President Barack Obama placed his hand on two Bibles — one used by Abraham Lincoln and another by Dr. Martin Luther King — and recited the brief oath of office on Monday, while First Lady Michelle Obama held the Bibles one on top of the other as their daughters Malia, Sasha, a viewing stand of dignitaries and the nation looked on.
While most of the early reporting on Mr. Obama’s second inauguration focused on economic issues, he devoted one section to the 20 minute speech to science and the environment and vowed to take on the fight against global warming and climate change.
“We, the people, still believe that our obligations as Americans are not just to ourselves, but to all posterity. We will respond to the threat of climate change, knowing that the failure to do so would betray our children and future generations,” Mr. Obama said. “Some may still deny the overwhelming judgment of science, but none can avoid the devastating impact of raging fires and crippling drought and more powerful storms.”
The path towards sustainable energy sources will be long and sometimes difficult, the president said.
“But America cannot resist this transition, we must lead it. We cannot cede to other nations the technology that will power new jobs and new industries, we must claim its promise,” he said. “That’s how we will maintain our economic vitality and our national treasure — our forests and waterways, our crop lands and snow-capped peaks. That is how we will preserve our planet, commanded to our care by God. That’s what will lend meaning to the creed our fathers once declared.”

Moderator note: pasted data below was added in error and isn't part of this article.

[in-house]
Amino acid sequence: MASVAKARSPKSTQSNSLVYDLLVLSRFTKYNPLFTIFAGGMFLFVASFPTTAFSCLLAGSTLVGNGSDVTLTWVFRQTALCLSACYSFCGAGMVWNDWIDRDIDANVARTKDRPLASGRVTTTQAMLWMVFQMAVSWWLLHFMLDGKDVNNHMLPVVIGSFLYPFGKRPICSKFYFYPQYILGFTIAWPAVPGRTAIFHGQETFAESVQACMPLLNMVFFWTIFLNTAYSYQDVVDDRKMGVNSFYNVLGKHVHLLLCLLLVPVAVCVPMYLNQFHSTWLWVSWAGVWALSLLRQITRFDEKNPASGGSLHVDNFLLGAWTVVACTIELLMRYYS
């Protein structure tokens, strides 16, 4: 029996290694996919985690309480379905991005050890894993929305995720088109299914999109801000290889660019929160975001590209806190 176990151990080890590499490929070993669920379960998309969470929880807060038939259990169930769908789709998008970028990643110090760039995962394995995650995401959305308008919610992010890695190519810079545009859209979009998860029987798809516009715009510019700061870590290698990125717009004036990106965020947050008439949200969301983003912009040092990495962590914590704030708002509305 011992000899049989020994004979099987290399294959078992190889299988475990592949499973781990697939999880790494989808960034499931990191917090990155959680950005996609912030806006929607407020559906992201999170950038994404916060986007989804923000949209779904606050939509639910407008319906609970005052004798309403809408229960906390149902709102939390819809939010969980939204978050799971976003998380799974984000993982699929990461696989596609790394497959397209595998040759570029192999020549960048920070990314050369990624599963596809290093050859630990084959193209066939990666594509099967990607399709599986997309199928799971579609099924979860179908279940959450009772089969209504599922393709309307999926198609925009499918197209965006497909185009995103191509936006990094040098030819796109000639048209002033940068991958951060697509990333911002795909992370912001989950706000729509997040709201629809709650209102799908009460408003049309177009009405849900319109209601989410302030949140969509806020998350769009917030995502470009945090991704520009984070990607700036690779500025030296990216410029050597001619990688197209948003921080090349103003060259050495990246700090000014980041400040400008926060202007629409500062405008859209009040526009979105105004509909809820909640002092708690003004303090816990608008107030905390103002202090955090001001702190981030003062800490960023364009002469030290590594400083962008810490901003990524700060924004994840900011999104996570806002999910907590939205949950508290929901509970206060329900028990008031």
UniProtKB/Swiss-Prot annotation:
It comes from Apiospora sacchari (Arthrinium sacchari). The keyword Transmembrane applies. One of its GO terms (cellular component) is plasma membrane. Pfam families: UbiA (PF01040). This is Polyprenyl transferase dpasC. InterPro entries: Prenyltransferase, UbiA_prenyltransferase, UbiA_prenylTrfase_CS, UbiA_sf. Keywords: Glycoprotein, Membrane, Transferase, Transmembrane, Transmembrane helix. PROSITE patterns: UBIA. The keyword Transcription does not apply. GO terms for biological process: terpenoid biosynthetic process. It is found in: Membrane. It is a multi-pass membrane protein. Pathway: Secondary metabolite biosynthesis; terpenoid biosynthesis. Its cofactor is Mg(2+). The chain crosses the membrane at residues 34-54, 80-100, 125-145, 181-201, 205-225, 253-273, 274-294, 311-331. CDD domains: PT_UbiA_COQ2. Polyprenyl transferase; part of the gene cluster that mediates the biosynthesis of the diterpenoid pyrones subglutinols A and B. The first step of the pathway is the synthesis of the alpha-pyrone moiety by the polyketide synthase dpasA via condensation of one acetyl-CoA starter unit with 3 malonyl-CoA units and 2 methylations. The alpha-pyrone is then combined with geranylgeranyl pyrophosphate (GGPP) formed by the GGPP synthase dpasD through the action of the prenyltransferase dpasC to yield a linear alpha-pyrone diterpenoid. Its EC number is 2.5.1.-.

In response to the president’s remarks, Michael Brune, Sierra Club Executive Director, issued a statement saying the group is “heartened” by President Obama’s remarks and “his renewed vow to respond to the threat of climate disruption.”
“Indeed, in America, our possibilities are limitless, and the Sierra Club’s 2.1 million members and supporters urge the president to cement our nation’s position as the global clean energy leader by going all in on sustainable energy, holding polluters accountable, and rejecting the dangerous tar sands pipeline,” Brune said. “We will work tirelessly to ensure the transition to safe, clean energy sources to fight the most pressing challenge of our time.”
As the first African-American president in American History, the president’s comments featured a nod to the down trodden, those lower down on the economic spectrum, often discriminated against, and to organized labor.
“For we, the people, understand that our country cannot succeed when a shrinking few do very well and a growing many barely make it. We believe that America’s prosperity must rest upon the broad shoulders of a rising middle class,” the president said. “We know that America thrives when every person can find independence and pride in their work; when the wages of honest labor liberate families from the brink of hardship.”
Monday’s oaths were ceremonial only, according to the official AP story, since the U.S. Constitution stipulates that presidents begin their new terms at noon on Jan. 20. Mr. Obama was officially sworn in Sunday in a small ceremony at the White House. Because inaugural celebrations are historically not held on Sundays, organizers pushed the public events to Monday.
Watch the video of Monday’s public swearing in.
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